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Last Updated on May 6, 2015, by eNotes Editorial. Word Count: 627

In The Pornographer, John McGahern tells the story of one man’s encounter with the duplicitous moral nature of the world. This man, the novel’s narrator and eponym, is at once cynical and naive: He desires that his emotional life possess an uncomplicated simplicity and directness which every aspect of his emotional experience teaches him is impossible. Much of the novel’s skill is devoted to a cumulative and rather merciless detailing of the combination of blindness and insight which makes up the narrator’s moral position. The more his insights fuel his hunger for simplicity, the more he finds himself trapped in the situation which refuses to be simplified.

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This situation is itself one of stark simplicity. Pleased by the quality of his sexual relations with Josephine, whom he has casually picked up at a dance, the narrator soon finds that Josephine is pregnant. Despite the narrator’s obdurate and repeated refusals to meet the situation with traditional, respectable solutions, Josephine naively keeps hoping for the best, even to the extent of jettisoning her Dublin business career and emigrating to England. Even the arrival of the child means nothing to its hard-hearted father, however, and in any case, by this time he has found another girl whom he prefers. Josephine is left to drift out of his life.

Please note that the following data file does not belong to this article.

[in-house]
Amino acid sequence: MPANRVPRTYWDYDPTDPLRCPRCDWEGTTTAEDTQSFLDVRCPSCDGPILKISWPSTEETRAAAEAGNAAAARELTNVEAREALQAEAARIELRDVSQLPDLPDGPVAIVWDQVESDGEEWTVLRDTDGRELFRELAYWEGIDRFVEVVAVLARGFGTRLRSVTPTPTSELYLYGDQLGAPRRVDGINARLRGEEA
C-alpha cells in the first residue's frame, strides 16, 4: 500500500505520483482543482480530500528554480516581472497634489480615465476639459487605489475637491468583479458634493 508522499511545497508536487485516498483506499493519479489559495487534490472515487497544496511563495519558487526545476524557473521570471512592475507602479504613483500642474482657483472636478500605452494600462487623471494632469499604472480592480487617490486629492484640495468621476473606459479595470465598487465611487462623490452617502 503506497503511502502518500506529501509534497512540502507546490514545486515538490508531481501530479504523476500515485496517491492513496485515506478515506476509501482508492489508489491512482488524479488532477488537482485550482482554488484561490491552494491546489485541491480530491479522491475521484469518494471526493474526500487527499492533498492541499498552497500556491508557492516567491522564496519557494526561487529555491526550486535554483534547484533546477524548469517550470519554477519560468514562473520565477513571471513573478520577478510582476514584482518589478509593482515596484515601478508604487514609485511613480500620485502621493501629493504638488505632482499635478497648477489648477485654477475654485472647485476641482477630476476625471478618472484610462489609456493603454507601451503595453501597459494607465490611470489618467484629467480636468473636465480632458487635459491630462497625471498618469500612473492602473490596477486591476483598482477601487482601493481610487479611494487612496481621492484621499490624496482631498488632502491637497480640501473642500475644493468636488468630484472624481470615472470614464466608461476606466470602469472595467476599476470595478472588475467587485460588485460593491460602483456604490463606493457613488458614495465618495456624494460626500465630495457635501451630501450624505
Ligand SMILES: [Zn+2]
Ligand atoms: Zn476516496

The bleakness of this tale, persuasively communicated by McGahern’s typically spare and intense style, is offset by the other major claim on the narrator’s emotional energy: his dying aunt. Here the narrator, while consistent in his behavior, reveals an alternative nature to the one elicited by the affair with Josephine. If in matters of love the narrator is dogmatic, in the face of death he is nothing if not compliant. As far as he seems to be aware, there is no relationship between the two areas of his experience. He refuses to take conventional responsibility for the complex character of his own moral nature. The quality of mercy which he extends to his aunt is precisely what he withholds from his relationship with Josephine. His willingness to attend to Aunt Mary throughout her dying days makes a provocative contrast to the abandonment of his mistress and their infant son. Such a glaring contrast, however, firmly reinforces the novel’s premise that the basis of morality is freedom of choice.

One of the numerous quiet pleasures provided by The Pornographer is the manner in which it intertwines the two areas of the protagonist’s emotional demands. The event-centered plot comprising the Josephine material is expertly contextualized and preserved from sensationalist treatment by the condition-centered material pertaining to Aunt Mary’s travail. Ultimately, the narrator, obliged to choose so that his own life may proceed, opts for condition rather than event: His aunt’s significance derives less from her individual circumstances, which no longer contain any life-enabling power, than from the way of life she represents, and which the reader finds embodied in perhaps the novel’s most lifelike character, her brother. Rooted, traditional, materialistic, this way of life attracts the narrator by its apparent definitiveness, to the extent that he even contemplates settling down in his native place with Josephine’s successor.

In any event, nothing quite so conclusive takes place, and the novel closes on an appropriately open-ended note. Such an outcome is fitting because it shows the narrator prepared, as a matter of choice, to embrace the unpredictable, multiform character of experience, rather than continue in the defensive, simplistic, and bitterly rationalistic style of his affair with Josephine. He has learned, it seems, that simplicity in the moral sphere is the idiom of pornography, production of which may be an avocation but should not be confused with the reality of the common mortal lot.

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